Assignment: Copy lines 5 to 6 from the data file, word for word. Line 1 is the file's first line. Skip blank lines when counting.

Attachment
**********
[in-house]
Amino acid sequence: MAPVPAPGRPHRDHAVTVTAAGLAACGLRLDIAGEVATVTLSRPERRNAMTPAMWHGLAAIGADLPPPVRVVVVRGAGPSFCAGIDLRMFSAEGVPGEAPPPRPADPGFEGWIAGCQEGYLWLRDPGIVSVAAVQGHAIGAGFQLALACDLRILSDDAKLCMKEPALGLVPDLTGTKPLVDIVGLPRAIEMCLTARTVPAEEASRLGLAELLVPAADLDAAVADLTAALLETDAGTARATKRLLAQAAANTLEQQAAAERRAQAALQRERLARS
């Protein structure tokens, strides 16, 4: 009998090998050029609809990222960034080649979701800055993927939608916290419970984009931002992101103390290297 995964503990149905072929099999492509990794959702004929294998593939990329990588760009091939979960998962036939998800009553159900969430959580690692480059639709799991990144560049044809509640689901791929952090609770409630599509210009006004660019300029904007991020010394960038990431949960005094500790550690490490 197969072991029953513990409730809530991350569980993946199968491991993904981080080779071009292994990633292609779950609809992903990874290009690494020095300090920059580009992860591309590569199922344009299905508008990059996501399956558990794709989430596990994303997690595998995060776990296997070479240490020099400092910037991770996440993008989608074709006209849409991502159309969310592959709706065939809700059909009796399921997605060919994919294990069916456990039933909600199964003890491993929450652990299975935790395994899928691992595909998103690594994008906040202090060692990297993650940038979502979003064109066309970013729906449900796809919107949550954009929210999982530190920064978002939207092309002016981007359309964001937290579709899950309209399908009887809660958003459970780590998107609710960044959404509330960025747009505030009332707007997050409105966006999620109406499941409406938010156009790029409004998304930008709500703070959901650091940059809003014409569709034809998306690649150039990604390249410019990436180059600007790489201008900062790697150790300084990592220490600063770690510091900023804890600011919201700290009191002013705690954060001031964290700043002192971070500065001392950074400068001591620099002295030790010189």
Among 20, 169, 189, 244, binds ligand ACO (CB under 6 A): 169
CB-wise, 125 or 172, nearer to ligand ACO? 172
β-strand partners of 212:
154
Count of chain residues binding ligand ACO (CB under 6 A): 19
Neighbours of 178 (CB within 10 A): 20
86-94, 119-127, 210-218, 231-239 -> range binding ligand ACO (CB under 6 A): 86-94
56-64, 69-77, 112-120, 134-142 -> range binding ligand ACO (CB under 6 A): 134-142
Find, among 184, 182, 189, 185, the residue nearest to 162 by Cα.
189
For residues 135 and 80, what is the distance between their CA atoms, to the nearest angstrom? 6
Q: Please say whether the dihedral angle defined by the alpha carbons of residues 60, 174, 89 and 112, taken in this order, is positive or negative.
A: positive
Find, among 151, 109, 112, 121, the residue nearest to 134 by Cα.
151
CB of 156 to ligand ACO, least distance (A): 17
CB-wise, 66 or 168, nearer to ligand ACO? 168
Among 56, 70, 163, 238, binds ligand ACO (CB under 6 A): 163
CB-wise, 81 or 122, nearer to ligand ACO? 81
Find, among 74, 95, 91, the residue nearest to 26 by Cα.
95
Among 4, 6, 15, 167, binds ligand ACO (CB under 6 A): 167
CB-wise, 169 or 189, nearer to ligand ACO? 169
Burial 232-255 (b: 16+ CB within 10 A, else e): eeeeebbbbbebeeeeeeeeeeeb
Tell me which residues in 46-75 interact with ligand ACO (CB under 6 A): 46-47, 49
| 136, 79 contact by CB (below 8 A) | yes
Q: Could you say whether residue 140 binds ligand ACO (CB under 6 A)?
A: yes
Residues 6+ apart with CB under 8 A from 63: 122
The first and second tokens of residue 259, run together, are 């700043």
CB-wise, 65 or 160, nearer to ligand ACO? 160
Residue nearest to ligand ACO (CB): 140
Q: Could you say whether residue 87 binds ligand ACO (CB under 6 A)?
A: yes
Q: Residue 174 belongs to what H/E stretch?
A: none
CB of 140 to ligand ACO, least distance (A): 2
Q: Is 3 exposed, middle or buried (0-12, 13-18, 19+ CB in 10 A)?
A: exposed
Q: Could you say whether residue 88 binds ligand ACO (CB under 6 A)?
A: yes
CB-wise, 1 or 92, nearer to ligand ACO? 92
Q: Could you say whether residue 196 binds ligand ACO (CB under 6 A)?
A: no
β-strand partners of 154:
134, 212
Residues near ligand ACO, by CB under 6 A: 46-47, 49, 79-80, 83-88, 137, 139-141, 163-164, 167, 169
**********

CB-wise, 125 or 172, nearer to ligand ACO? 172
β-strand partners of 212: